Apparently it’s never too late to apologise.
It was the night of September 27, 2011, that Carlos Tevez refused to warm up under instruction from his manager, Roberto Mancini, in the Champions League group game against Bayern Munich at the Allianz Arena.
It’s taken almost five months but after moves to both Milan clubs and Paris Saint-Germain fell through, a self-imposed three month hiatus back home in Argentina, an estimated £10million lost by the player in earnings, fines and bonuses, Tevez has done the deed to herald a ‘fresh’ start to his time at the Etihad.
No televised act of contrition, but a statement agreed by all parties and put out by City on Tuesday night.
The club statement read: “Carlos Tevez has today apologised to all concerned for his recent conduct. Carlos returned to the football club last Tuesday, following a three month absence from duties, without permission.
“Carlos said, ‘I wish to apologise sincerely and unreservedly to everybody I have let down and to whom my actions over the last few months have caused offence. My wish is to concentrate on playing football for Manchester City Football Club.’
“Carlos has also withdrawn his appeal against the club’s finding of gross misconduct which was due to be heard by a Premier League panel in the coming days.
“He has since begun a training program designed to return him to optimum fitness.”
Cynics have already dismissed his words out of hand as merely an attempt by the player and his advisors to put himself in the shop window ahead of a summer move away from England.
It does suit all parties for Tevez to be playing football again, with a £25million price tag suddenly looking overly inflated for an unfit player whose attitude is questionable at best.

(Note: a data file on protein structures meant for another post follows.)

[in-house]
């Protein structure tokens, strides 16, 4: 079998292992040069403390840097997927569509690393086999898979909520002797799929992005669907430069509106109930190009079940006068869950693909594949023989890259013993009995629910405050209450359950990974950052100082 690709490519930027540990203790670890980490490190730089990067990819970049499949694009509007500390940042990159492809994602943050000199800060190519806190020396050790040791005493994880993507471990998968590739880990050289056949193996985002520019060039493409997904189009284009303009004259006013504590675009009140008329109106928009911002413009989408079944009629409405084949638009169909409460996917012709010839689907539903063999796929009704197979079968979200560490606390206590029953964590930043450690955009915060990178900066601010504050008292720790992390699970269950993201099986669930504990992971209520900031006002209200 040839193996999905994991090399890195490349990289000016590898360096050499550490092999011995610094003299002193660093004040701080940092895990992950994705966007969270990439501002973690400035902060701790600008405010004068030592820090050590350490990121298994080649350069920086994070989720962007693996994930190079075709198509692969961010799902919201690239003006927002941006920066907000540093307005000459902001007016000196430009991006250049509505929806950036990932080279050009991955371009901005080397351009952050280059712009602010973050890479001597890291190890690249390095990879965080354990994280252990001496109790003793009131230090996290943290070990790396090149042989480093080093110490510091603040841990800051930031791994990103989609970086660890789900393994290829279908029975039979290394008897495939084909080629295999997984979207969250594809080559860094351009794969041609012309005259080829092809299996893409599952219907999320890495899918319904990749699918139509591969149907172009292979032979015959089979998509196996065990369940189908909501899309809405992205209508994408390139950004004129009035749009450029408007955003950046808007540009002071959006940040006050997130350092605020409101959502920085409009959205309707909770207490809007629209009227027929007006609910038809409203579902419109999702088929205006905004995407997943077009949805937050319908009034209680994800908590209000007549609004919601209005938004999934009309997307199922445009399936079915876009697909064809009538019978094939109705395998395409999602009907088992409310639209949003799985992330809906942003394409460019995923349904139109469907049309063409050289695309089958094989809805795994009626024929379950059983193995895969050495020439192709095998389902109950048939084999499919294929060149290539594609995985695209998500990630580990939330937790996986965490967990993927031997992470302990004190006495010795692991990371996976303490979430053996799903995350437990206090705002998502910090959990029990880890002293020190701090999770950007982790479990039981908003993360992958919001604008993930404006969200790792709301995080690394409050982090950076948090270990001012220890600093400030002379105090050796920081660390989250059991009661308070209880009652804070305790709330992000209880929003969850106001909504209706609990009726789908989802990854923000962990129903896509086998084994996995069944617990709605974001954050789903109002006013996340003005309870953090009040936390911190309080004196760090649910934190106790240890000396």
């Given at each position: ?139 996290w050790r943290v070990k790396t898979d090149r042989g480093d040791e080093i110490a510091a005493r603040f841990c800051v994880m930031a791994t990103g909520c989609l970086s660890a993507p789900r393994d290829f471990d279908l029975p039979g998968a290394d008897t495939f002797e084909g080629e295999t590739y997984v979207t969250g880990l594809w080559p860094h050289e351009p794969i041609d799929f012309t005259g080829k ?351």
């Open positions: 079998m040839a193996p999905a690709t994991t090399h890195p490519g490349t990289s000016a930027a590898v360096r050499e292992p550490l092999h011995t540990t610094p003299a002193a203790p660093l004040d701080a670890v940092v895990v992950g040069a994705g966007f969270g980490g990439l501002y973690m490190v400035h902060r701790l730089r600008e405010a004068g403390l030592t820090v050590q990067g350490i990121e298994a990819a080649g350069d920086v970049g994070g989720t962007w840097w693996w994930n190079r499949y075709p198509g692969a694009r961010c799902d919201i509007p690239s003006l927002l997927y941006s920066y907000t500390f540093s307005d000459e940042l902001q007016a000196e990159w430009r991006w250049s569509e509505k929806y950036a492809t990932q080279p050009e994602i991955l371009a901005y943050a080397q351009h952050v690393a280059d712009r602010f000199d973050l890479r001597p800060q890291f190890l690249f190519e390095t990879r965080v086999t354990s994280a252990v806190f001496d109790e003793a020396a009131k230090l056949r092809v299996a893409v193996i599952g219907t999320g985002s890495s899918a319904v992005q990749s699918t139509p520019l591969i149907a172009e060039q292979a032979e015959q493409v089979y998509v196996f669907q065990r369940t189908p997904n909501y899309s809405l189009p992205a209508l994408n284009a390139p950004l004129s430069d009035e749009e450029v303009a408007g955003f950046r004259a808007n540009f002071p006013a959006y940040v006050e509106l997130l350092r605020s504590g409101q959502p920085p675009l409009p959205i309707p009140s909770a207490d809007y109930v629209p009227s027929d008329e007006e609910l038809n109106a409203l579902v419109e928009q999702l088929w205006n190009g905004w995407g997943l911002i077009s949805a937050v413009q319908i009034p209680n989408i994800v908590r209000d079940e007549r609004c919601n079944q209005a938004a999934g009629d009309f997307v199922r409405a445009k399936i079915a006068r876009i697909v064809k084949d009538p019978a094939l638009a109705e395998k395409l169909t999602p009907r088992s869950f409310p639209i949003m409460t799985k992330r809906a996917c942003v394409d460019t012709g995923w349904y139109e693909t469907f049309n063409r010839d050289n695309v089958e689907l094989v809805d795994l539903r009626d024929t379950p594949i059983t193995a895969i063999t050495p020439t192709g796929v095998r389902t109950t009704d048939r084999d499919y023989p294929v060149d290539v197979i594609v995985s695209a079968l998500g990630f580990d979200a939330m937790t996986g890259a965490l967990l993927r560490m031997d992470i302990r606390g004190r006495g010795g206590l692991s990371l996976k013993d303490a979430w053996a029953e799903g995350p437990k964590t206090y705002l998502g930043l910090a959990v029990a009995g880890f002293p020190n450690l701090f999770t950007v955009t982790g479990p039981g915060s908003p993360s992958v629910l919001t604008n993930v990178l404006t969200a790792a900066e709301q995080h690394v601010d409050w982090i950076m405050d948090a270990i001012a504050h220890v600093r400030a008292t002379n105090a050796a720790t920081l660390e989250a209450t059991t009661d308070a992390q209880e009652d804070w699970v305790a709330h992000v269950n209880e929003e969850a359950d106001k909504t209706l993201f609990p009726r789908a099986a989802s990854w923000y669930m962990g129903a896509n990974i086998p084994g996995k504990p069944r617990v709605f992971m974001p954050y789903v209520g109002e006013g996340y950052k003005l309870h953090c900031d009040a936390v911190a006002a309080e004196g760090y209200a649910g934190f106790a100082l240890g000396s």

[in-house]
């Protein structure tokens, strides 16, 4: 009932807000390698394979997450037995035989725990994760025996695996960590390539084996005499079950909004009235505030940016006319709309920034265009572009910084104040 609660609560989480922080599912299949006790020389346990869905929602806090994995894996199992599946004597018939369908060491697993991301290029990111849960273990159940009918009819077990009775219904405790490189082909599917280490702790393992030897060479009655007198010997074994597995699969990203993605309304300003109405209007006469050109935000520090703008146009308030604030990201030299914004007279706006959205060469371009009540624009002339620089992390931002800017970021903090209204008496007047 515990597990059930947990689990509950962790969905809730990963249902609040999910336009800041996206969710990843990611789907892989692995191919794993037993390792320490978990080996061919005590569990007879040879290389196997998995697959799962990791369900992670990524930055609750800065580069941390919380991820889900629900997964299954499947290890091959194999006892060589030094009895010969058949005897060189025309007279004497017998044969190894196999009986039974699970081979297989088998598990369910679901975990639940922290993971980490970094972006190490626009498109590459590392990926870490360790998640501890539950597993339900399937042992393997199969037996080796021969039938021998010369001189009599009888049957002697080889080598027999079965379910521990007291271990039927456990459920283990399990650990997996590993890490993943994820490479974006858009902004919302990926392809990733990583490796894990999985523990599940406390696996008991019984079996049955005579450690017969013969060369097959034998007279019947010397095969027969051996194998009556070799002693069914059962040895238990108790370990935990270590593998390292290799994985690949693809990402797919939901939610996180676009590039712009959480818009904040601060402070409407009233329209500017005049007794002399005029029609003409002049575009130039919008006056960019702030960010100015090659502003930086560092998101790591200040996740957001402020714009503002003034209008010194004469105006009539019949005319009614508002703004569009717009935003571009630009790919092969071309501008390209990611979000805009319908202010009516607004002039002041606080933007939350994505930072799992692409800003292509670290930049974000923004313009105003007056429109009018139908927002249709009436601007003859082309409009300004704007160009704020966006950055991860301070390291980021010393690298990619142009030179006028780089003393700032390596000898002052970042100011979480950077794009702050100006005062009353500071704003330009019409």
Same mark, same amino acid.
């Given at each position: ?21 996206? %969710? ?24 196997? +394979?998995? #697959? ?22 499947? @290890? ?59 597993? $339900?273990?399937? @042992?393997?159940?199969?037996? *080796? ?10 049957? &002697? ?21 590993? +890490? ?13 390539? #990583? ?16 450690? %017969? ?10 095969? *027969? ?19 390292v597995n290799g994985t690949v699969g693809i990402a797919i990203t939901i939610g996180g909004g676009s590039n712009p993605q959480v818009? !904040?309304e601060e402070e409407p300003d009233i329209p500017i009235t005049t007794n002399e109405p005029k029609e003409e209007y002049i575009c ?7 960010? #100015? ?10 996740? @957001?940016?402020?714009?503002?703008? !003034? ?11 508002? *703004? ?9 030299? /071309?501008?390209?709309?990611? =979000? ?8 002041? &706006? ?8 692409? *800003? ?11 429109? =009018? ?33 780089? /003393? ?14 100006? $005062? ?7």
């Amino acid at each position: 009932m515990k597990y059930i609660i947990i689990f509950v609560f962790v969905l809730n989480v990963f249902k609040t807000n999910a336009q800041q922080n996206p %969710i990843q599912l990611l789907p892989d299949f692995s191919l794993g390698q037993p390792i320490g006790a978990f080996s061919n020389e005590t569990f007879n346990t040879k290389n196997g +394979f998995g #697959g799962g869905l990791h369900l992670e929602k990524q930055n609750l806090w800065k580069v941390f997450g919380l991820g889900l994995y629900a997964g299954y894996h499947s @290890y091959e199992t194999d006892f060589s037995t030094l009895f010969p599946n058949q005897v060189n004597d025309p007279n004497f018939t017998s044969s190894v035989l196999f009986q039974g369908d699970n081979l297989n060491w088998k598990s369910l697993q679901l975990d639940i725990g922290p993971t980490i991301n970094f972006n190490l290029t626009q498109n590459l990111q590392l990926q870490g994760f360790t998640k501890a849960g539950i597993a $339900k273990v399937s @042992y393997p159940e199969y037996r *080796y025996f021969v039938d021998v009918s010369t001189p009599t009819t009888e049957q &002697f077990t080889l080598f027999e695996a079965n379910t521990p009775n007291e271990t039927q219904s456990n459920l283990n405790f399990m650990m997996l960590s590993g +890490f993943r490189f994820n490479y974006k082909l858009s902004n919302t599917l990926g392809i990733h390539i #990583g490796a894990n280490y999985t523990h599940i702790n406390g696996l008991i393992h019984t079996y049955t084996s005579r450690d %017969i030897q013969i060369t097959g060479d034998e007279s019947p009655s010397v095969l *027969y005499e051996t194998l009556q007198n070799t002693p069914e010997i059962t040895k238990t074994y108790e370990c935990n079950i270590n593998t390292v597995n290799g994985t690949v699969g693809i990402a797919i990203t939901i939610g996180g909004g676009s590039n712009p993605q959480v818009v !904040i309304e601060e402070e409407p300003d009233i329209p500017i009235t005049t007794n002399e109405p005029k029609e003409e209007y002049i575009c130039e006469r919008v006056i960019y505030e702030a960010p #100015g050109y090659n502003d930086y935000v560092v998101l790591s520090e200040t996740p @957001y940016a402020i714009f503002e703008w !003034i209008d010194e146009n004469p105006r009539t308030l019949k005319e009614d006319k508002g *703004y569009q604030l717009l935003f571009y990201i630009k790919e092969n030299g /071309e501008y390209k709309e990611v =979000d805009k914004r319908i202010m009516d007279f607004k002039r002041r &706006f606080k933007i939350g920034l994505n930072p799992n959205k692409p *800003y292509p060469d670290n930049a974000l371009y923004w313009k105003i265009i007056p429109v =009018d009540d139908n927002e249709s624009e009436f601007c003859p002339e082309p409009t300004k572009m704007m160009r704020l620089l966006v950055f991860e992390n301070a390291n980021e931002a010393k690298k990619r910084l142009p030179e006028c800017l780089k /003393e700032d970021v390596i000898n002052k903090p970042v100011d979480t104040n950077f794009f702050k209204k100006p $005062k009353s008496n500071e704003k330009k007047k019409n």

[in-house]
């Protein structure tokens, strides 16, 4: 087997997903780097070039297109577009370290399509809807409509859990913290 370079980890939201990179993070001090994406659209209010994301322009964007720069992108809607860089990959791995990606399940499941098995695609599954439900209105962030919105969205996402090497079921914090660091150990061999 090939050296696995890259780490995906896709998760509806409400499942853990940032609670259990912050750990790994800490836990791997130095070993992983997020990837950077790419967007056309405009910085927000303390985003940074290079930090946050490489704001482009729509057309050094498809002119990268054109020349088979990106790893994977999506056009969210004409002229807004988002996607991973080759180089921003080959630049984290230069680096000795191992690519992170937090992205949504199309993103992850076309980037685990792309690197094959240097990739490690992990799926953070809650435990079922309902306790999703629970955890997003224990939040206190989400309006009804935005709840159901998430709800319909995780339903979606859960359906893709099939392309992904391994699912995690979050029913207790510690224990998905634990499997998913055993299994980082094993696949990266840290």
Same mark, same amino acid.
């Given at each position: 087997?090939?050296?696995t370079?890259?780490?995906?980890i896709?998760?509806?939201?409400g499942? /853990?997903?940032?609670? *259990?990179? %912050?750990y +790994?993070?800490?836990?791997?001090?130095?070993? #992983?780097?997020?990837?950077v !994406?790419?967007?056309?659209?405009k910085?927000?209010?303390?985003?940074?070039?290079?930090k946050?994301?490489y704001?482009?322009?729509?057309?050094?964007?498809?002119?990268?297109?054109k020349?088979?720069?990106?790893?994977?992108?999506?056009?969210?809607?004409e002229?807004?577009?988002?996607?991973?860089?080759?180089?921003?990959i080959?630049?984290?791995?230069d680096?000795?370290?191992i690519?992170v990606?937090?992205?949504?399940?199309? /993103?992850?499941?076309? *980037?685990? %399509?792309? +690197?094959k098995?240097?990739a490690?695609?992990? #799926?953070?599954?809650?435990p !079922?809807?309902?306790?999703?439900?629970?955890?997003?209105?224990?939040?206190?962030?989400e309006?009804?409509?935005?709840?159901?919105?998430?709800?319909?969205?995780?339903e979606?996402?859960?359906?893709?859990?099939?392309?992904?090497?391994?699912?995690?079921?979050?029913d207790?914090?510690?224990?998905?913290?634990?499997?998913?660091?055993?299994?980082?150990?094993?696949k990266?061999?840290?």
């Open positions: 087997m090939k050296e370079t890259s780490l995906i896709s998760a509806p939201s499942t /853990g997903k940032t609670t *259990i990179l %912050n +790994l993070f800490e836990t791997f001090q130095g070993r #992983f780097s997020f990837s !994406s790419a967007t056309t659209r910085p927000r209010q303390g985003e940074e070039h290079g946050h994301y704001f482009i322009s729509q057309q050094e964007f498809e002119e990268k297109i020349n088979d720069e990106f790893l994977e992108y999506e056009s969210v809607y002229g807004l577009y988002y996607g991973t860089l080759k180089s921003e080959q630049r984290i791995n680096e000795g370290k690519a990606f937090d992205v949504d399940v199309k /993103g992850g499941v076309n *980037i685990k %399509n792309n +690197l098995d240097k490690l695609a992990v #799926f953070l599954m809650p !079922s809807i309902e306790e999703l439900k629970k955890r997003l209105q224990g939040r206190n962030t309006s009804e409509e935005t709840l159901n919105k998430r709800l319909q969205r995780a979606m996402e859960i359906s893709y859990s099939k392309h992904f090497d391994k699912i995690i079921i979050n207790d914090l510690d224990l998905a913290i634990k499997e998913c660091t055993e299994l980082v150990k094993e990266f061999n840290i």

The apology appeared important enough for Mancini to insist that without it he would be unable to work with Tevez, but an apology must of course be accepted.
Mancini has done so and this week said: “I’ve accepted his apology. I think he needs two to three weeks to train, then some games.
“I’m happy with what Carlos said.”
Then there’s the fans. Many may no longer respect the 28-year-old but the importance of a five-letter word to them is far outweighed by their desire to see the team lift their first title since 1968. They’ll accept his apology once he’s proved his worth by setting up or scoring a crucial goal that secures three points towards City succeeding United as Premier League champions.
That leaves the players who, on the whole, have remained dignified about the whole matter.
A few former professionals have weighed in with their opinion but it is the current City squad that must accept Tevez back in the fold.
While he’s been persona non grata, it’s they who’ve kept City top of the league, who’ve celebrated the highs of the 6-1 win at Old Trafford, and who’ve kept the ship afloat during difficult times such as the Champions League exit, an FA Cup defeat to United, and a Carling Cup semi-final exit at the hands of Liverpool.
They’ve built a squad morale in Tevez’s absence so essentially if they can find it in themselves to forgive him then anyone can.
In a season when numerous high profile players have caused disrepute through their actions, perhaps Tevez can prove that an apology can go a long way to restoring respect.
Tags: Barclays Premier League, Carlos Tevez, Luis Suarez, Manchester City, RESPECT, Roberto Mancini